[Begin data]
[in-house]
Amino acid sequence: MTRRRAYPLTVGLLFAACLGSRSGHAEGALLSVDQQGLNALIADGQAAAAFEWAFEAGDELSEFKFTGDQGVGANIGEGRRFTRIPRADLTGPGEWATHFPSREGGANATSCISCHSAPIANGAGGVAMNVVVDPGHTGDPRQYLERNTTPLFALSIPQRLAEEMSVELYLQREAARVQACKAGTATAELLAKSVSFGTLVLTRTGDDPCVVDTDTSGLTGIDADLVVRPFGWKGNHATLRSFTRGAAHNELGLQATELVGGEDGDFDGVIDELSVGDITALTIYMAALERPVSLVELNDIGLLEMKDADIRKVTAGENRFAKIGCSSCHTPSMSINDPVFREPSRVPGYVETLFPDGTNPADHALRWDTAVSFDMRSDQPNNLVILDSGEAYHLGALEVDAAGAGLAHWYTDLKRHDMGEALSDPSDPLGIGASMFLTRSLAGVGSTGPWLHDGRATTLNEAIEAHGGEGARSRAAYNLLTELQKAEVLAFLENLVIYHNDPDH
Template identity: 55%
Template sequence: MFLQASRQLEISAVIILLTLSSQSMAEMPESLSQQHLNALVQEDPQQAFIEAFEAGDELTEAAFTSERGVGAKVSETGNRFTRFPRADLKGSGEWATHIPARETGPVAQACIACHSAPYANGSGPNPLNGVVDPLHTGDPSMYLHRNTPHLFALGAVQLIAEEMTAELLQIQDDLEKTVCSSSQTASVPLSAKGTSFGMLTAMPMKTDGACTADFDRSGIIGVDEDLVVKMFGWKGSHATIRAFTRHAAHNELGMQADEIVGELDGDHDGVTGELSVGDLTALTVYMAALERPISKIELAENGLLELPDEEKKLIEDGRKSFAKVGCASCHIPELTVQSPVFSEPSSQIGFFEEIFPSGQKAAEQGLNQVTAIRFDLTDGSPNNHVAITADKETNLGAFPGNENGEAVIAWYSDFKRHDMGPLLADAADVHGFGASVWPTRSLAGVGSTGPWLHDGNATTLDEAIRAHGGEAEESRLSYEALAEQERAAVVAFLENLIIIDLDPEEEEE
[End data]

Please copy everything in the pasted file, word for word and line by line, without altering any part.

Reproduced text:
[in-house]
Amino acid sequence: MTRRRAYPLTVGLLFAACLGSRSGHAEGALLSVDQQGLNALIADGQAAAAFEWAFEAGDELSEFKFTGDQGVGANIGEGRRFTRIPRADLTGPGEWATHFPSREGGANATSCISCHSAPIANGAGGVAMNVVVDPGHTGDPRQYLERNTTPLFALSIPQRLAEEMSVELYLQREAARVQACKAGTATAELLAKSVSFGTLVLTRTGDDPCVVDTDTSGLTGIDADLVVRPFGWKGNHATLRSFTRGAAHNELGLQATELVGGEDGDFDGVIDELSVGDITALTIYMAALERPVSLVELNDIGLLEMKDADIRKVTAGENRFAKIGCSSCHTPSMSINDPVFREPSRVPGYVETLFPDGTNPADHALRWDTAVSFDMRSDQPNNLVILDSGEAYHLGALEVDAAGAGLAHWYTDLKRHDMGEALSDPSDPLGIGASMFLTRSLAGVGSTGPWLHDGRATTLNEAIEAHGGEGARSRAAYNLLTELQKAEVLAFLENLVIYHNDPDH
Template identity: 55%
Template sequence: MFLQASRQLEISAVIILLTLSSQSMAEMPESLSQQHLNALVQEDPQQAFIEAFEAGDELTEAAFTSERGVGAKVSETGNRFTRFPRADLKGSGEWATHIPARETGPVAQACIACHSAPYANGSGPNPLNGVVDPLHTGDPSMYLHRNTPHLFALGAVQLIAEEMTAELLQIQDDLEKTVCSSSQTASVPLSAKGTSFGMLTAMPMKTDGACTADFDRSGIIGVDEDLVVKMFGWKGSHATIRAFTRHAAHNELGMQADEIVGELDGDHDGVTGELSVGDLTALTVYMAALERPISKIELAENGLLELPDEEKKLIEDGRKSFAKVGCASCHIPELTVQSPVFSEPSSQIGFFEEIFPSGQKAAEQGLNQVTAIRFDLTDGSPNNHVAITADKETNLGAFPGNENGEAVIAWYSDFKRHDMGPLLADAADVHGFGASVWPTRSLAGVGSTGPWLHDGNATTLDEAIRAHGGEAEESRLSYEALAEQERAAVVAFLENLIIIDLDPEEEEE